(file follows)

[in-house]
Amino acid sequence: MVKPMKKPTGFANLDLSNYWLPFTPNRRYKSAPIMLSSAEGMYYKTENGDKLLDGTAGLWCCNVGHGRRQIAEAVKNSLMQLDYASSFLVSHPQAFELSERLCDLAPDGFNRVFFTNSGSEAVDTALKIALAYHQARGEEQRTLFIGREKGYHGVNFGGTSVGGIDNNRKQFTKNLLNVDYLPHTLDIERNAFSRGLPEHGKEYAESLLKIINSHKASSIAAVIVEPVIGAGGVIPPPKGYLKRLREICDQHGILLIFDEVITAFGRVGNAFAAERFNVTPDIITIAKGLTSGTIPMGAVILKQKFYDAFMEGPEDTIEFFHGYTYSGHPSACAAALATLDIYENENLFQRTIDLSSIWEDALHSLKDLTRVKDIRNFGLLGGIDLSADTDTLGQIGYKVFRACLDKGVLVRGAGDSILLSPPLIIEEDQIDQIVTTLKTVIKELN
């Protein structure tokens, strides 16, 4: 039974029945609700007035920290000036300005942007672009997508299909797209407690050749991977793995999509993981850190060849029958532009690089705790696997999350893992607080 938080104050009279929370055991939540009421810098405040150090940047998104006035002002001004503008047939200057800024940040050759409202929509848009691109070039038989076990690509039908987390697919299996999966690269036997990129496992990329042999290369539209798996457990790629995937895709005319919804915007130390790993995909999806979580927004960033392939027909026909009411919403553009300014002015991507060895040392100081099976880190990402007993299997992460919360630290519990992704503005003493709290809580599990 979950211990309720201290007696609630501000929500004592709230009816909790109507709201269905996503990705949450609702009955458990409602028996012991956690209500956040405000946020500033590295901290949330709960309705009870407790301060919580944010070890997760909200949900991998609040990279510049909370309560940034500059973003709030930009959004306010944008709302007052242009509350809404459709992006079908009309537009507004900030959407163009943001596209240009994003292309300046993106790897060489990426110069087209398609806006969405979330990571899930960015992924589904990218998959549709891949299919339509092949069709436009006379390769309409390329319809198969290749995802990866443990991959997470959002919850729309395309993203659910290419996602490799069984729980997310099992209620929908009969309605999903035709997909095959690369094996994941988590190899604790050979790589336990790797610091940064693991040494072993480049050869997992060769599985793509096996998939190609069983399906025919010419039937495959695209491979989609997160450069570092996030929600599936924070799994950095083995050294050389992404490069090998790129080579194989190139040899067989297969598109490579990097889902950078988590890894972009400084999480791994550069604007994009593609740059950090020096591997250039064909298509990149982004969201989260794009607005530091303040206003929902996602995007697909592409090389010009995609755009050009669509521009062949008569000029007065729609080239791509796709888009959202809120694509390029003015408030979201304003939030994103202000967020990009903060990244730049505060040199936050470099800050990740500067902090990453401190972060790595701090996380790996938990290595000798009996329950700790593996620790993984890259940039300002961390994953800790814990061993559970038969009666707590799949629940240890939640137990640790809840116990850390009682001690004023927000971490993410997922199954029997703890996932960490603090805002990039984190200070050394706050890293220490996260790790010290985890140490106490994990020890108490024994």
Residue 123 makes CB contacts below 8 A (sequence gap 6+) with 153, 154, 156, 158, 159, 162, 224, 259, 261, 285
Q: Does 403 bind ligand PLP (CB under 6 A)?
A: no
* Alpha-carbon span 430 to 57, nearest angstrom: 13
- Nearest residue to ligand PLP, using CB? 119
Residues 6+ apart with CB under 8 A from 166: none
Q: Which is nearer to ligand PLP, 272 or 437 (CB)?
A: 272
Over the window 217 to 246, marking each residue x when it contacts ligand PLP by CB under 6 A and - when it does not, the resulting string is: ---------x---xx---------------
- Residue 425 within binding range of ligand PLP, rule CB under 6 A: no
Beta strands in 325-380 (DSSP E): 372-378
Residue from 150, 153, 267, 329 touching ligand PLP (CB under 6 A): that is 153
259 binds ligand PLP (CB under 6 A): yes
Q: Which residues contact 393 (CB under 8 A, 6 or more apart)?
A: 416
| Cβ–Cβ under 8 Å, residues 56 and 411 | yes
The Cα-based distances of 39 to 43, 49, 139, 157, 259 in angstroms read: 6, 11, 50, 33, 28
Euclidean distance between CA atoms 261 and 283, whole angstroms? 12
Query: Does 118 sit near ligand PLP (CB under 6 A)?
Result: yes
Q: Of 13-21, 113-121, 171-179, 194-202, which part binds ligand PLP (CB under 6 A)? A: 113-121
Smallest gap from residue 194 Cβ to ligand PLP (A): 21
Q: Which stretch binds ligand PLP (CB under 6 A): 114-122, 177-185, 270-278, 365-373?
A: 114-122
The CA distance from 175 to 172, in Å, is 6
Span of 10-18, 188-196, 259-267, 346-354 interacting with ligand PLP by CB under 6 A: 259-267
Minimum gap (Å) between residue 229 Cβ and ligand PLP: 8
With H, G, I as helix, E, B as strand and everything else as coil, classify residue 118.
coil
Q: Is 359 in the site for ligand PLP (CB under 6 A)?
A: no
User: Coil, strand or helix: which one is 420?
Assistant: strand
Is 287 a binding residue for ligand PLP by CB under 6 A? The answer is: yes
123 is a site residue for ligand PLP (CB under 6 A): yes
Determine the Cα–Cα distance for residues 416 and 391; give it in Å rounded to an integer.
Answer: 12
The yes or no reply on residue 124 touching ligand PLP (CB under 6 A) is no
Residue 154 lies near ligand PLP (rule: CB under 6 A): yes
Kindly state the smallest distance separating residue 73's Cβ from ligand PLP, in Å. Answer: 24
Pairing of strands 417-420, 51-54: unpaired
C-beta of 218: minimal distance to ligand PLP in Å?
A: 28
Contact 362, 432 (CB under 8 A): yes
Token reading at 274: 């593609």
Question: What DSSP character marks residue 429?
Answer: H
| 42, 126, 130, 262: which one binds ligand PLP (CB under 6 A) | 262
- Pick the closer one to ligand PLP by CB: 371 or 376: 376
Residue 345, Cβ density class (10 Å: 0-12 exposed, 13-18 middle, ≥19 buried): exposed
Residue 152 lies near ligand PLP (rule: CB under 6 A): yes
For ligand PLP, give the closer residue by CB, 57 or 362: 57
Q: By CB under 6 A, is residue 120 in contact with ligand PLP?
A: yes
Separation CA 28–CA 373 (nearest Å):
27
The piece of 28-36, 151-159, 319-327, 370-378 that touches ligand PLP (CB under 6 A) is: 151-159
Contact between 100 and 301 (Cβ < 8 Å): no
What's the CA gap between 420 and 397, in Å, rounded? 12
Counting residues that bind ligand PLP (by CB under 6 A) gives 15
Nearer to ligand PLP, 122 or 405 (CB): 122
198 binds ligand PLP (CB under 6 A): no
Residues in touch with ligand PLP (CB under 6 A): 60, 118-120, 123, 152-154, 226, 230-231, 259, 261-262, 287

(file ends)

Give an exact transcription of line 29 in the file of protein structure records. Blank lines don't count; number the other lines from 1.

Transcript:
Span of 10-18, 188-196, 259-267, 346-354 interacting with ligand PLP by CB under 6 A: 259-267